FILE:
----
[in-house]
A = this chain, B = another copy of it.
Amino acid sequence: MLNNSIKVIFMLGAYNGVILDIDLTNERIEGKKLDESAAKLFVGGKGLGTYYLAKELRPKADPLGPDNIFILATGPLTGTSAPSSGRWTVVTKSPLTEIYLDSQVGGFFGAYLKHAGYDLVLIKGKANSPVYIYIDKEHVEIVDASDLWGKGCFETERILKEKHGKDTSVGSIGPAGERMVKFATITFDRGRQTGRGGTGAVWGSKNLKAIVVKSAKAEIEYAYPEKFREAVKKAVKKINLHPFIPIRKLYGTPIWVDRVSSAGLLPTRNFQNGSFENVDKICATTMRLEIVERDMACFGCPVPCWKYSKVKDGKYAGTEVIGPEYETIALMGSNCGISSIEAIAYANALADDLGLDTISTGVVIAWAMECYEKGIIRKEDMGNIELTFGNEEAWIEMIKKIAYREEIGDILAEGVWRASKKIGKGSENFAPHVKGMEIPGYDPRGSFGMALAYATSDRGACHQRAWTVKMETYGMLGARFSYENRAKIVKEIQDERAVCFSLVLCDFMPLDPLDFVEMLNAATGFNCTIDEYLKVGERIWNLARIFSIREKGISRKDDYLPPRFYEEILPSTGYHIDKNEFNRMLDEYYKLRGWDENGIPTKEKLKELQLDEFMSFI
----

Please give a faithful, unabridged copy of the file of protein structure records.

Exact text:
[in-house]
A = this chain, B = another copy of it.
Amino acid sequence: MLNNSIKVIFMLGAYNGVILDIDLTNERIEGKKLDESAAKLFVGGKGLGTYYLAKELRPKADPLGPDNIFILATGPLTGTSAPSSGRWTVVTKSPLTEIYLDSQVGGFFGAYLKHAGYDLVLIKGKANSPVYIYIDKEHVEIVDASDLWGKGCFETERILKEKHGKDTSVGSIGPAGERMVKFATITFDRGRQTGRGGTGAVWGSKNLKAIVVKSAKAEIEYAYPEKFREAVKKAVKKINLHPFIPIRKLYGTPIWVDRVSSAGLLPTRNFQNGSFENVDKICATTMRLEIVERDMACFGCPVPCWKYSKVKDGKYAGTEVIGPEYETIALMGSNCGISSIEAIAYANALADDLGLDTISTGVVIAWAMECYEKGIIRKEDMGNIELTFGNEEAWIEMIKKIAYREEIGDILAEGVWRASKKIGKGSENFAPHVKGMEIPGYDPRGSFGMALAYATSDRGACHQRAWTVKMETYGMLGARFSYENRAKIVKEIQDERAVCFSLVLCDFMPLDPLDFVEMLNAATGFNCTIDEYLKVGERIWNLARIFSIREKGISRKDDYLPPRFYEEILPSTGYHIDKNEFNRMLDEYYKLRGWDENGIPTKEKLKELQLDEFMSFI